quinella [kee-nel-uh, kwi-] Word Origin noun

  1. a type of bet, especially on horse races, in which the bettor, in order to win, must select the first- and second-place finishers without specifying their order of finishing.
  2. a race in which such bets are made.

Also qui·nel·a, quiniela. Compare exacta. Origin of quinella 1940–45, Americanism; American Spanish quiniela, equivalent to Spanish quin(a) (French quine keno) + -iela noun suffix British Dictionary definitions for quinela quinella noun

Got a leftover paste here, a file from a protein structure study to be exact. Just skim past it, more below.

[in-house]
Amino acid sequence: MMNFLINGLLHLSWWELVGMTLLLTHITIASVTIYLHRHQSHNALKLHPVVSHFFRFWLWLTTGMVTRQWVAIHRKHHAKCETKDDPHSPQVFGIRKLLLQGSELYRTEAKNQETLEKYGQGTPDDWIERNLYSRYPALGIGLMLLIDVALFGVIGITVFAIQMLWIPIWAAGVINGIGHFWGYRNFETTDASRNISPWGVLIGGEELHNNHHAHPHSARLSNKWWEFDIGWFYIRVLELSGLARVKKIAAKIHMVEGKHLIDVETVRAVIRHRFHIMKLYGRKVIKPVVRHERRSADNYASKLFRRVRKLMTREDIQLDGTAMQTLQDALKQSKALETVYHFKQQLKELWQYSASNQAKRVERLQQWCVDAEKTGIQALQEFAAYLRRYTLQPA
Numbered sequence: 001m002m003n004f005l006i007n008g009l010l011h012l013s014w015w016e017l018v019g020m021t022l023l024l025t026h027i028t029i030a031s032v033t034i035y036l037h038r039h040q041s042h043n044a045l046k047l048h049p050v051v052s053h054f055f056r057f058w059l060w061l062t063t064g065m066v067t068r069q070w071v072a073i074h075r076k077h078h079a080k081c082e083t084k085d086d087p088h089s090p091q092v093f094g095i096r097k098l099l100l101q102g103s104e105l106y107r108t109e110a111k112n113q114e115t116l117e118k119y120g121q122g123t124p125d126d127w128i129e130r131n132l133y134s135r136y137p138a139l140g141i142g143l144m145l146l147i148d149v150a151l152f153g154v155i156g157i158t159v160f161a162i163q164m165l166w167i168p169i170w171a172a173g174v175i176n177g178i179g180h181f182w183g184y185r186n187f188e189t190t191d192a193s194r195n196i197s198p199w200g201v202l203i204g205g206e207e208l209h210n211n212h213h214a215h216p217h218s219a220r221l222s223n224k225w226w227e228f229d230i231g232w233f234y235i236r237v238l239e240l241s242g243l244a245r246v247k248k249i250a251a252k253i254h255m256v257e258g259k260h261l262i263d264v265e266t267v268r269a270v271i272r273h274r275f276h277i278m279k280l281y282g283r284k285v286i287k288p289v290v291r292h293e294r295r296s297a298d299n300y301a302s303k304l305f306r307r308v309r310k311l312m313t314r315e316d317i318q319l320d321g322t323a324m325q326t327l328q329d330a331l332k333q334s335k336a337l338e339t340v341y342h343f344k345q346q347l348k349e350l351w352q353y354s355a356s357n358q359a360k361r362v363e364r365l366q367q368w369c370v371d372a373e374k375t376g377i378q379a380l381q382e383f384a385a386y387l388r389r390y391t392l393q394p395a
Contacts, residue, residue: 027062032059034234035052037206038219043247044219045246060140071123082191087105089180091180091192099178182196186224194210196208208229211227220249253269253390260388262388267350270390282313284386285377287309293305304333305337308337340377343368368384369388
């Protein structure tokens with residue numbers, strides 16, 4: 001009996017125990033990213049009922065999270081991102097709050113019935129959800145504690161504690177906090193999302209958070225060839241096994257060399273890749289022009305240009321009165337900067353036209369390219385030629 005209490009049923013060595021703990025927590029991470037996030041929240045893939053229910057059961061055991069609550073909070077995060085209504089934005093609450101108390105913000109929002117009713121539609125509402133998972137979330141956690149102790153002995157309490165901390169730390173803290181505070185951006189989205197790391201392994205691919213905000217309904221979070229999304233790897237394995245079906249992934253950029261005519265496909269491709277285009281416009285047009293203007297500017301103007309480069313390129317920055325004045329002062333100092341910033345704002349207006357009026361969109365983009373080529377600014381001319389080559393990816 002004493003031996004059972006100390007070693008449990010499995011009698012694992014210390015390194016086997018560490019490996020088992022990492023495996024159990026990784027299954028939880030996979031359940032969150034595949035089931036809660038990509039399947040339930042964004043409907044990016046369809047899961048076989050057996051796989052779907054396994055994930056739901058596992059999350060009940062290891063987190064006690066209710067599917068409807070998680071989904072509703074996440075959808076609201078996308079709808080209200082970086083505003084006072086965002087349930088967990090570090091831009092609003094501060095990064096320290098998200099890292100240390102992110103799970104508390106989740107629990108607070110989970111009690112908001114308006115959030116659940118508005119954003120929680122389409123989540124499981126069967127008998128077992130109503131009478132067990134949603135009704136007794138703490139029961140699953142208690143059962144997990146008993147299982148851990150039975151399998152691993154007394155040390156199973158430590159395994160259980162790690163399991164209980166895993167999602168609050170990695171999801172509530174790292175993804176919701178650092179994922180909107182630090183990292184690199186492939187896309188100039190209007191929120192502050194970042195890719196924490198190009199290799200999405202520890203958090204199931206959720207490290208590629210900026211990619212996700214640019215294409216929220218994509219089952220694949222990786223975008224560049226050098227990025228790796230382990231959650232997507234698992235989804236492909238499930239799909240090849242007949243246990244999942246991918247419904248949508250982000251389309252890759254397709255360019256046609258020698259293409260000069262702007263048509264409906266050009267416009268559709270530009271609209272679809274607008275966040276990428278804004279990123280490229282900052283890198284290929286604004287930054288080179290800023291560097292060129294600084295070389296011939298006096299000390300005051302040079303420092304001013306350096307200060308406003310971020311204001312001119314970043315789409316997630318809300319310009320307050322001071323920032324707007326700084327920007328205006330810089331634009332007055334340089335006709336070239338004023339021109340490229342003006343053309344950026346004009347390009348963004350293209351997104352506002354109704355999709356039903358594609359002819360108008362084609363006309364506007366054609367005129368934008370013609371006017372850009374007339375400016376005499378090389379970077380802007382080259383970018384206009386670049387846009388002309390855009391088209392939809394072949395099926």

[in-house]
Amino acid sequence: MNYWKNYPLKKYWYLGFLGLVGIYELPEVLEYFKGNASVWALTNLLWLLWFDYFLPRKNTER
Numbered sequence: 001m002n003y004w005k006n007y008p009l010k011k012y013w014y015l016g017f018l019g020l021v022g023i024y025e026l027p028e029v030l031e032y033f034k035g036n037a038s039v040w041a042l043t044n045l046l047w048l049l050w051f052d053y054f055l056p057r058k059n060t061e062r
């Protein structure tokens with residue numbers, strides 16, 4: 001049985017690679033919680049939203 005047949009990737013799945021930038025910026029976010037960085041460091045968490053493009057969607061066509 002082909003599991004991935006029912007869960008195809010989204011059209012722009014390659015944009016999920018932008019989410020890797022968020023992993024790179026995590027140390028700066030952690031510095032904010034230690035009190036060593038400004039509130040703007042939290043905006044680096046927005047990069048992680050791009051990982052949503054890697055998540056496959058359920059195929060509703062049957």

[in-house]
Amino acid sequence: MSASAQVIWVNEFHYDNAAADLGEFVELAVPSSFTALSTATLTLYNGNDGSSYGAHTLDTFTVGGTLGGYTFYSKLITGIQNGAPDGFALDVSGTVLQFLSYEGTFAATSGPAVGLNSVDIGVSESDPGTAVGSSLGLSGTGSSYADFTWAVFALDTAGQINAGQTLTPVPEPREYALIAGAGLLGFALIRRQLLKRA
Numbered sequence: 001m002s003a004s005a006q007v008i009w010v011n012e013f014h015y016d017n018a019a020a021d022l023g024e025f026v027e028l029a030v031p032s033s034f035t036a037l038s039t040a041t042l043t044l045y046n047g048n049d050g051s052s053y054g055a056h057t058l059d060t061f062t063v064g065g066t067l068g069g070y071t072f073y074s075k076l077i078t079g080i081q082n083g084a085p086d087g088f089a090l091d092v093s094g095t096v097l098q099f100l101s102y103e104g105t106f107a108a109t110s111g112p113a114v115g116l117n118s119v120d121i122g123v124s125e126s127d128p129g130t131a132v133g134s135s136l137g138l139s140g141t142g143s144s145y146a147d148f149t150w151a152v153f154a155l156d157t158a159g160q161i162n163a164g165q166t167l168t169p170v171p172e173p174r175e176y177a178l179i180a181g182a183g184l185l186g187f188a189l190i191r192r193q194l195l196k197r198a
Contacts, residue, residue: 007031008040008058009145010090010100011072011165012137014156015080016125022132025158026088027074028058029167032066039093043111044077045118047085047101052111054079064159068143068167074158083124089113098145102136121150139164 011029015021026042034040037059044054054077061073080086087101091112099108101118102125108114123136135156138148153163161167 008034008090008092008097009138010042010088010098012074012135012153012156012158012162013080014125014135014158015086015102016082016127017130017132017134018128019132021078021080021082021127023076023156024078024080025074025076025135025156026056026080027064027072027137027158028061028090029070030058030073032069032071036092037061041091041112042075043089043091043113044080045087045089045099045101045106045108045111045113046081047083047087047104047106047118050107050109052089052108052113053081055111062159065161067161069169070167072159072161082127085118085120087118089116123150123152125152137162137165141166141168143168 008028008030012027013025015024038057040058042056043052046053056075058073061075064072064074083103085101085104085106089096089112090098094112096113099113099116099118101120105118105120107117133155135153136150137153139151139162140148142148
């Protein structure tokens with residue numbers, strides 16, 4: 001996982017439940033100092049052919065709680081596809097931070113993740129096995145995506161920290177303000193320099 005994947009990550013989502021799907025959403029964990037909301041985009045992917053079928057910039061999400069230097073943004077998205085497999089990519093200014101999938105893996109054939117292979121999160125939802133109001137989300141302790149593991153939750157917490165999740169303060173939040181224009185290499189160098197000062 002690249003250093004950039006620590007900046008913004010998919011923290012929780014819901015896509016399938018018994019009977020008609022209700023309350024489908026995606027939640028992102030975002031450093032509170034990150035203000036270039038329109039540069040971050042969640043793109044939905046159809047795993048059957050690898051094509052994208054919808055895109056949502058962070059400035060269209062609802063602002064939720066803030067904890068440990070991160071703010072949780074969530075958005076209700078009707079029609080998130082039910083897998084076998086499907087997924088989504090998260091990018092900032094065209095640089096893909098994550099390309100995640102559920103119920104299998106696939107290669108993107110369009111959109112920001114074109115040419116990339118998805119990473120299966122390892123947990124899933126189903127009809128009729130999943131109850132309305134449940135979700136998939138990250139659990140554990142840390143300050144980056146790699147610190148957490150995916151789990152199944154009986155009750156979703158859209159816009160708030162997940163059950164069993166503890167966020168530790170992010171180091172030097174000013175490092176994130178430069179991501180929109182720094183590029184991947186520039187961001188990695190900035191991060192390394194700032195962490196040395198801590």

1. Australian and NZ a form of betting on a horse race in which the punter bets on selecting the first and second place-winners in any order

Word Origin for quinella from American Spanish quiniela a game of chance Word Origin and History for quinela quinella n.

form of betting in which the bettor picks the first and second horses in a given race, 1942, American English, from American Spanish quiniela, originally a ball game with five players, from Latin quini “five each,” from quinque “five” (see quinque-). The sense evolution in Spanish was said to be from the game to a wager on the scores of the players, hence “any wager against the house.”

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